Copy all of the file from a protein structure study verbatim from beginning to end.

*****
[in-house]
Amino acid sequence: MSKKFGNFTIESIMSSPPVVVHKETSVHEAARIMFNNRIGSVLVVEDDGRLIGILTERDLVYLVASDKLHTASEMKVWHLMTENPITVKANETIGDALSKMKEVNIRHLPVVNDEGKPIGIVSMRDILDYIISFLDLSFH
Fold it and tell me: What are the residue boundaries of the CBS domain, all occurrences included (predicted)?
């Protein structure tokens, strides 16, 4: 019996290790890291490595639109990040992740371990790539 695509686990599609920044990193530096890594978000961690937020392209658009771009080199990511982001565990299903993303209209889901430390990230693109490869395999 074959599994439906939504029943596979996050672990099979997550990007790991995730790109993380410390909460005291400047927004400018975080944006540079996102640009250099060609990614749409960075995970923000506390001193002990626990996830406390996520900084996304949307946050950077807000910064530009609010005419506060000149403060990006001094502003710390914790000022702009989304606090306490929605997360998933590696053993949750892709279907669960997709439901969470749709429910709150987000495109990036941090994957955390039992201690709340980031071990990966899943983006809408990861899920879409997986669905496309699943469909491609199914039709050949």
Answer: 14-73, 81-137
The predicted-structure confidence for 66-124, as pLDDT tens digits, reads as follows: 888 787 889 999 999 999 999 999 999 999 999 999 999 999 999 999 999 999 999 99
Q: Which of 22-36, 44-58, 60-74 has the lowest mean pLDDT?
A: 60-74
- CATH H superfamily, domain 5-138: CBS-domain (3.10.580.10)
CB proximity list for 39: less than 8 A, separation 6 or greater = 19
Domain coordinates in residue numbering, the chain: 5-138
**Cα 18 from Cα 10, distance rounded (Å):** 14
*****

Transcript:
[in-house]
Amino acid sequence: MSKKFGNFTIESIMSSPPVVVHKETSVHEAARIMFNNRIGSVLVVEDDGRLIGILTERDLVYLVASDKLHTASEMKVWHLMTENPITVKANETIGDALSKMKEVNIRHLPVVNDEGKPIGIVSMRDILDYIISFLDLSFH
Fold it and tell me: What are the residue boundaries of the CBS domain, all occurrences included (predicted)?
């Protein structure tokens, strides 16, 4: 019996290790890291490595639109990040992740371990790539 695509686990599609920044990193530096890594978000961690937020392209658009771009080199990511982001565990299903993303209209889901430390990230693109490869395999 074959599994439906939504029943596979996050672990099979997550990007790991995730790109993380410390909460005291400047927004400018975080944006540079996102640009250099060609990614749409960075995970923000506390001193002990626990996830406390996520900084996304949307946050950077807000910064530009609010005419506060000149403060990006001094502003710390914790000022702009989304606090306490929605997360998933590696053993949750892709279907669960997709439901969470749709429910709150987000495109990036941090994957955390039992201690709340980031071990990966899943983006809408990861899920879409997986669905496309699943469909491609199914039709050949």
Answer: 14-73, 81-137
The predicted-structure confidence for 66-124, as pLDDT tens digits, reads as follows: 888 787 889 999 999 999 999 999 999 999 999 999 999 999 999 999 999 999 999 99
Q: Which of 22-36, 44-58, 60-74 has the lowest mean pLDDT?
A: 60-74
- CATH H superfamily, domain 5-138: CBS-domain (3.10.580.10)
CB proximity list for 39: less than 8 A, separation 6 or greater = 19
Domain coordinates in residue numbering, the chain: 5-138
**Cα 18 from Cα 10, distance rounded (Å):** 14